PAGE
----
Well my plans to study with my latest program, Fluenz, keep getting put on hold. I’ve had 2 trips, one to Asuncion and one to Ciudad del Este, and the time spent driving gave me time to think about Spanish. After all this tripping, which includes significant interaction in Spanish conversation, I’m wondering if maybe my days of cramming Spanish vernacular and grammar are over. I wish they were but I know they aren’t. I have 2 books from Barrons sitting on my desk that deserve a fair and thorough perusal. I have the 3rd DVD of Fluenz to watch and study. And I want to go through levels 3-5 of Rosetta Stone after all that. Some say I’m dedicated, others say mad and still others claim native intelligence. But I think the results speak for themselves. I have come a long, long way since I first arrived in Paraguay and tried to form a simple sentence. But I haven’t achieved full mastery. This I’m striving for. This is why I keep studying and pushing for more. I keep encountering people who, after finding out a little bit of my work here and our “group”, express surprise at my ability to speak after 10 months. They say I can speak well. If they only knew how much of my stuff is canned or carefully thought out responses to possible questions and conversation situations.
Anyway, some thoughts:
The biggest hurdle for me was finding the confidence to form sentences based on my knowledge of Spanish. I could understand conversations but responding to questions and forming stand-alone statements were amazingly hard. It helped shut me up for a time…..if that can be believed.
I’m thankful for a quick brain. In times past, I’ve used it for quick comebacks and the comedic sarcasm. I still use it for that, at times, but this quick brain response comes in terribly handy when in conversation with someone and I need a word, a conjugation, phrase or a idiom on the spot and like, right now. This lends to a appearance of fluency.
One knows one is getting close when words in one language are mentally pronounced in the language being studied. For example, I was reading I forget what and the U.S. state Montana was mentioned. Instead of pronouncing it the way a English speaker ought, I mentally pronounced as the Spanish word for mountain. Never mind the fact that the article I was reading was in English.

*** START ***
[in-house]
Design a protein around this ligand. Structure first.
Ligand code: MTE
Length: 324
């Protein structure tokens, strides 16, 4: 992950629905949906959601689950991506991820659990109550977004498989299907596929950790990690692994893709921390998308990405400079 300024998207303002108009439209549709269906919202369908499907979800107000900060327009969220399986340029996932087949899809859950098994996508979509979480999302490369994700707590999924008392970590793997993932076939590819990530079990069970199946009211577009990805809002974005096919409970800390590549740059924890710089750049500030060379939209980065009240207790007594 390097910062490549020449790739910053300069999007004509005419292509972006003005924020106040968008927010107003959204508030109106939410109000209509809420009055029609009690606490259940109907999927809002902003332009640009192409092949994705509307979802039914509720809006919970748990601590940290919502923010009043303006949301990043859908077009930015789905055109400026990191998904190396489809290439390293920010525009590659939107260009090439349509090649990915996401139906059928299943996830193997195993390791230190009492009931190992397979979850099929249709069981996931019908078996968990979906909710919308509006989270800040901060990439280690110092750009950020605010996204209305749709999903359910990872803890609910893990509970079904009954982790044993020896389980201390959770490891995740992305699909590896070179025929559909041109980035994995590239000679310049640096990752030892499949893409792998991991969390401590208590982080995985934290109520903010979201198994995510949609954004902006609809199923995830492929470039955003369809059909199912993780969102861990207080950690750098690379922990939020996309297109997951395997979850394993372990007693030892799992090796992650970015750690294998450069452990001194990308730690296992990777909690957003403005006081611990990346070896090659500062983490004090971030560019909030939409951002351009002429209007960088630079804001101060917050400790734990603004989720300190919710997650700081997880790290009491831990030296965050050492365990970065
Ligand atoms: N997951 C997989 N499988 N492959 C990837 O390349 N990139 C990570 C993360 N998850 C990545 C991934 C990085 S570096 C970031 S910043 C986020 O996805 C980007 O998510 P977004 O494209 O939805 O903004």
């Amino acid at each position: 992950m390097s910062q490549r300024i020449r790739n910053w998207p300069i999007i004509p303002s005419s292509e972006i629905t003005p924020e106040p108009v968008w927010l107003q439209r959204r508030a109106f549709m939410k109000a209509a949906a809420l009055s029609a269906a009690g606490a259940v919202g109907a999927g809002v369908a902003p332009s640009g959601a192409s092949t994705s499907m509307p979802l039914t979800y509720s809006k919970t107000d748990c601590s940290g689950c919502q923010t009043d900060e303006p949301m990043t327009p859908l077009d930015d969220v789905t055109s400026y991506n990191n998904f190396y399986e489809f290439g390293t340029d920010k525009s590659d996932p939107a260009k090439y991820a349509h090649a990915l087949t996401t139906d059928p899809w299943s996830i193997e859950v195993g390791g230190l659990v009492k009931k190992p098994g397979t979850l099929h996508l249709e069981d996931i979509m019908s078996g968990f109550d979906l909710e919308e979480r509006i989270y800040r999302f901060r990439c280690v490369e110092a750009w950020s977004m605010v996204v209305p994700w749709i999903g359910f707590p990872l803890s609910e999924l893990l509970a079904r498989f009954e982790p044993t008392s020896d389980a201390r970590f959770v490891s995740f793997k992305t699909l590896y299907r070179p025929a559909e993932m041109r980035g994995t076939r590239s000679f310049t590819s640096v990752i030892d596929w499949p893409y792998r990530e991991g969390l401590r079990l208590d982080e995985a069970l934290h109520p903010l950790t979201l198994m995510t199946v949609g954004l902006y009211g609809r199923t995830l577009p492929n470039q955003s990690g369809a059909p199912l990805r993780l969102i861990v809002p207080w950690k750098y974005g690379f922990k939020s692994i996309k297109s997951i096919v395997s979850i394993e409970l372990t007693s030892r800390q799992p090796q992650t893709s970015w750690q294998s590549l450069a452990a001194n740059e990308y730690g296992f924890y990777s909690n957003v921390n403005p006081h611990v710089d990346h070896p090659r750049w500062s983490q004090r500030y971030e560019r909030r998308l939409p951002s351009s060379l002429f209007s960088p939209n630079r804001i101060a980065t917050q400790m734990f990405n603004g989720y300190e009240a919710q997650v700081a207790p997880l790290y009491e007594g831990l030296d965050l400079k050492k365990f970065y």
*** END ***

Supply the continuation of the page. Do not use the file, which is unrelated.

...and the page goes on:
Another way one can tell that Spanish is creeping into the subconscious is when dreams occur and in those dreams one is speaking Spanish. Or when one is asking questions in those dreams about Spanish grammar AND one answers their own questions about grammar based off knowledge that they have in there subconsciousness. Creepy…but interesting. The bummer is I can’t recall the answers to my questions so who knows if the answer was even correct.
Here amongst the staff, we tend to create our own verbs. For interest’s sake, here are some as well as some examples of how they might be used in sentences.
Boogiar = to boogey, move rapidly from place to place. This is one that Mark coined once while he was spending a day in Asuncion. Voy a boogiar a la estaccion de omnibus = I’m going to hurry to the bus station.
Shlofiar = to sleep. Arminda, the Paraguayan midwife, loves to use this one. A Dutch/Spanish mix. Shlofiaste bien? = Did you sleep well?
Shpeelar = to play. Another Dutch/Spanish cross. Estamos shpeelando volley = We are playing volleyball.
Waar = to “wa-oo” something. The people say Wa-oo is a Guarini but I think I’ve heard it before. Maybe not. In any case, ‘wa-oo’ is a word used to describe something or a situation as not being desirable or as wanted. Esta wa-oo = This is weird/not right. The most memorable usage of this is when Companero J used it in the middle of skinning/dressing a steer. With a grin on his face as the conjugation popped into his head, he said, “We wa-ooed this thing!”
Wagler = to waggle. There’s a story behind this one but space hinders my writing of it. El pato wagla a su nido = The duck waggled to his nest.
Kutziar = this shouldn’t need any explanation but here it is, “to kutz (throw up)”. Yo kutze tres veces ayer = I threw up 3 times yesterday. Not really but that is an example of how to conjugate that verb in the first person, simple past tense.
We do this a lot and I think this is a form of stress relief. Some of them definitely come from the influence of stress or late nights. Therefore, they tend to be lame. But one thing I have noticed is that a lot of our verbs are the -AR- form of verbs. I’m sure there is some psychological significance in that but right now it escapes me.
Anyway, that’s all for now. I shall resume my studies…..sometime.
–The Paraguayan Pilgrim–